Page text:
The Autumn Equinox Is Dull. Fight Me.

The Autumn Equinox Is Dull. Fight Me. September 11, 2020

Image credit: Katie Gerrard @ Magic Pagan Dream Grrl for Patheos

I’m not being ironic; I genuinely find the equinoxes dull, but especially the Autumn one. I’d love to be creating an ironic “let me describe loveliness using isn’t it awful style sarcasm” post. The kind my local paper loves to write about seaside towns. But I’m not.

The Autumn Equinox is a bit blah and I see it as a chore rather than an important cog in my spiritual wheel of the year.

September is for going back to school and looking forward to the veil starting to thin for Halloween. It’s for tidying your house and enjoying the darker evenings.

I don’t care for your second harvest when we already had Lammas and have the blood harvest coming up at Samhain. Half the apples have been picked and the blackberries are already jam.

Image credit: Katie Gerrard @ Magic Pagan Dream Grrl for Patheos

Look at your Facebook feed, the only thing anyone posts about this festival are smug “It’s not called Mabon, I know more about pagan mythology than you do” memes.

(And they’re right, it isn’t Mabon. You can worship the Mabinogian heroes as deities for sure, but do you have to sticky tape them onto festivals because they suit your Goddess/ God heteronormative wheel of the year? Sorry, that’s a bit smug of me, and that’s a whole other subject area. You do you.)

The cross-quarter days of the equinoxes and solstices give a useful “eight times a year” calendar but for me the “fire” festivals of Imbolc, Beltane, Lammas, and Samhain feel more relevant to my practise.

The solstices I can understand because they (potentially) form an important part of ancient spirituality. Solstice at Stonehenge has become a symbol of Paganism within the UK and Midsomar and Midwinter are big parts of Scandinavian culture.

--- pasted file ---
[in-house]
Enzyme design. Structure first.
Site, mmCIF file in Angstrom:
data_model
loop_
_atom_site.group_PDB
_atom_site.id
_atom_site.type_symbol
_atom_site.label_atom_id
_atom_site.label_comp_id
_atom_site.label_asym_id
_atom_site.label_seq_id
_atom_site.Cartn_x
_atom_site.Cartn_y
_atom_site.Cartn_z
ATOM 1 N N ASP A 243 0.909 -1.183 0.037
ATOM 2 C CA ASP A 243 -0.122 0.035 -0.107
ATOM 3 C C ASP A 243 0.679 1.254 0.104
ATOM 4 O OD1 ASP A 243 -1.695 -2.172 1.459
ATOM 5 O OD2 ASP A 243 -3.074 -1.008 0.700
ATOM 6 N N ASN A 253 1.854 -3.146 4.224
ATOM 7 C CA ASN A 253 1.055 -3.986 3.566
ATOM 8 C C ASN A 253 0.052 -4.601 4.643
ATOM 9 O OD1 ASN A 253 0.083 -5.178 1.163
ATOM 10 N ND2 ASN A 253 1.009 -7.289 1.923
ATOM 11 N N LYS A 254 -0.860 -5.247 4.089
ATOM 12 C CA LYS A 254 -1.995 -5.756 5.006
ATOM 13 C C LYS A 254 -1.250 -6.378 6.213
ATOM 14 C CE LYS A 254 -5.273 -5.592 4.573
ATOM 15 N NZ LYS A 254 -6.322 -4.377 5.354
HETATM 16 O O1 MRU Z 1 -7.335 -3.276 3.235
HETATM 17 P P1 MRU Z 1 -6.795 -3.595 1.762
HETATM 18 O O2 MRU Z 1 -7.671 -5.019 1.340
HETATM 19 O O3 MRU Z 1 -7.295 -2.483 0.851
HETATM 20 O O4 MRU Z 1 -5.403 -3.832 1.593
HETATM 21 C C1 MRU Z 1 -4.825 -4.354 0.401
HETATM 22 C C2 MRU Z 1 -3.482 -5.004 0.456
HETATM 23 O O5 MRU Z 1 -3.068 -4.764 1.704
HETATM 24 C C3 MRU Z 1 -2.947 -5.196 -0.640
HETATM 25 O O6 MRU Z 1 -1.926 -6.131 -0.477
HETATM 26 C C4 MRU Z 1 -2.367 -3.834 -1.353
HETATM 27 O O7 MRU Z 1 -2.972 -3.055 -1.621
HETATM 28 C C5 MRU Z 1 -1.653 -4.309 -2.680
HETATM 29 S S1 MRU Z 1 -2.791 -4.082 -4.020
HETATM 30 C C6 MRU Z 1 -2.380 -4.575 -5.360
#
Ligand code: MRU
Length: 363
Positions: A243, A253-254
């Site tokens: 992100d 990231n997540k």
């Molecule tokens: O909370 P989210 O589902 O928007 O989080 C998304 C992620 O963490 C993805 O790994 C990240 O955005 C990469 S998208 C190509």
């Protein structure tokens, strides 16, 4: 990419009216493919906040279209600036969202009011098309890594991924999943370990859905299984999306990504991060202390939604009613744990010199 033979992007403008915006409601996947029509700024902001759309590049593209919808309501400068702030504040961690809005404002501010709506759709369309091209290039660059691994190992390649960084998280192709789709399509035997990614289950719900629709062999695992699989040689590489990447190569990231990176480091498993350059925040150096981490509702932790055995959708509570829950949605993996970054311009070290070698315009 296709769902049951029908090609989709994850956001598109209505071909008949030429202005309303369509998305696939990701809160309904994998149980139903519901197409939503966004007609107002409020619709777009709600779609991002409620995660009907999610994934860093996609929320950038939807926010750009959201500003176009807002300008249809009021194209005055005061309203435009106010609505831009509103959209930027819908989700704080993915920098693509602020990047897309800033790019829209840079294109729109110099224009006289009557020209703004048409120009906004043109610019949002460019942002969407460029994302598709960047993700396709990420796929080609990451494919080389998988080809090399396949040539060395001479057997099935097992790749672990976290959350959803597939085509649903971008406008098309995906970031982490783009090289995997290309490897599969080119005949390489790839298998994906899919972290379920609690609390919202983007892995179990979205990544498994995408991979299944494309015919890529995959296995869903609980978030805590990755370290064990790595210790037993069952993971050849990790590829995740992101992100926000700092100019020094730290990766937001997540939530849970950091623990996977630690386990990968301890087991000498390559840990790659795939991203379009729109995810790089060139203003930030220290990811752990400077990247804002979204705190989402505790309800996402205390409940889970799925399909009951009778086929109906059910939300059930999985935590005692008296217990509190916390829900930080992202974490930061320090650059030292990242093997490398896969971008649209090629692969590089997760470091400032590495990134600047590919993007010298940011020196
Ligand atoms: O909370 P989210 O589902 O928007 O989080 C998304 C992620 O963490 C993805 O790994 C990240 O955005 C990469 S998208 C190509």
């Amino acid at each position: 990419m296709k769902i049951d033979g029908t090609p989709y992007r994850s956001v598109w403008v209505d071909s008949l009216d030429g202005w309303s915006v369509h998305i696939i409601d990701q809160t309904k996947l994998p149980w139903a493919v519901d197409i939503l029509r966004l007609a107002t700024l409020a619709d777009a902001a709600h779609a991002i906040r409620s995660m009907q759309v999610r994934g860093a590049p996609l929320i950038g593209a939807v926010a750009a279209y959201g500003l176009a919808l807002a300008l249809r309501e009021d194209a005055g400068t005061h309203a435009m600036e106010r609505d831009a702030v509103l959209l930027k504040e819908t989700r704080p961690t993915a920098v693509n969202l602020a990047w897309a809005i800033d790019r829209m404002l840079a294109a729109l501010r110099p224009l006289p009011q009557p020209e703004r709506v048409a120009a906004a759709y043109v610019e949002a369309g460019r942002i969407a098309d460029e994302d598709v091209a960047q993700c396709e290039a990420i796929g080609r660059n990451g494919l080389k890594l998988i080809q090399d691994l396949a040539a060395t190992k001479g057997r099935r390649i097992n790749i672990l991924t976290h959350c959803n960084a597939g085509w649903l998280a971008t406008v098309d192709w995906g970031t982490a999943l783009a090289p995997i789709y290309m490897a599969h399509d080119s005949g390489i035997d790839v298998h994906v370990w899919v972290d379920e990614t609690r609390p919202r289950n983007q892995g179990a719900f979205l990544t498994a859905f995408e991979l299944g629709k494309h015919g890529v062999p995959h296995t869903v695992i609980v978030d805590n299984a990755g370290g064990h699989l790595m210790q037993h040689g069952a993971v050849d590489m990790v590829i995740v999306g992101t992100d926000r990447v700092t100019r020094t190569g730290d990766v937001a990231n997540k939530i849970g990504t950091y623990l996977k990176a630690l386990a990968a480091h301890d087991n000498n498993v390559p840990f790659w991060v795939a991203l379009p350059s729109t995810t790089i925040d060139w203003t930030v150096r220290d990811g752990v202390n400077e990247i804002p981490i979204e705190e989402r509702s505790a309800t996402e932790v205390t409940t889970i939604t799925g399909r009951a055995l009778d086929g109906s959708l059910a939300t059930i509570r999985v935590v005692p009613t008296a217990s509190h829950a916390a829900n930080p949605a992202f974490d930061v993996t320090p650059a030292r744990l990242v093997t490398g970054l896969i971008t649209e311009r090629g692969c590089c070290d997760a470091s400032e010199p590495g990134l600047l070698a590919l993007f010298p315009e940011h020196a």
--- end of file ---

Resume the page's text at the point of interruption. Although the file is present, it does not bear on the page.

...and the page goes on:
I can even consider the Spring Equinox as having a place within the wider UK culture as it’s close to Easter and linked with the March hares.

The Autumn Equinox is a bit random and stuck out on its own. Aiden Kelly had to shoehorn Mabon into it as there’s nothing else happening then, apart from a whole lot of “New Year” babies being born.

Much of the UK country festivals were associated with the agricultural year. The school year also reflects this. The kids were out of school and in the fields when they were needed, and all the holidays work with this schedule.

Every half term and end of term break reflects an agricultural need. It’s the time planting or harvesting needed to be done. Our pagan festivals link in with these.

Imbolc fits with the February half term

Spring Equinox with Easter

Beltane with May Day

Summer solstice with Whitsun

Lammas is right in the middle of the harvest season and the six weeks of summer

Samhain is the Halloween half term

And Christmas is the two weeks of the year when the light is too bad for anyone to really do much on the farm so the whole gang have a little break and an indoors party.

There’s no school holiday for the Autumn Equinox because there isn’t anything to harvest or plant. It’s redundant. It doesn’t fit.

I completely agree the eight spoke “wheel” of the year has a much better symmetry and there’s something which doesn’t quite fit if you celebrate one equinox rather than the other. I’m certainly not suggesting we remove it from modern paganism.

It’s been celebrated for over fifty years, that in itself has given it tradition and energy.

Besides, if you invite me to any religious party, I’ll mostly be there.

But that doesn’t mean I have to be all “whoo hoo Autumn Equinox, let me enjoy celebrating a big pile of nothingness”

Without the presence of others, I don’t celebrate it. I can’t be bothered. There are better things to do in September than seasonal magick. Like deciding what Halloween costume I’m going to wear and starting to reach out to the ancestors.

About Katie Gerrard
Wiccan by lineage, heathen by heart. I’m an author, workshop facilitator, and photographer. I can follow rules, but I don’t follow expectations Stereotype me at your peril! www.katiegerrard.com You can read more about the author here.

Browse Our Archives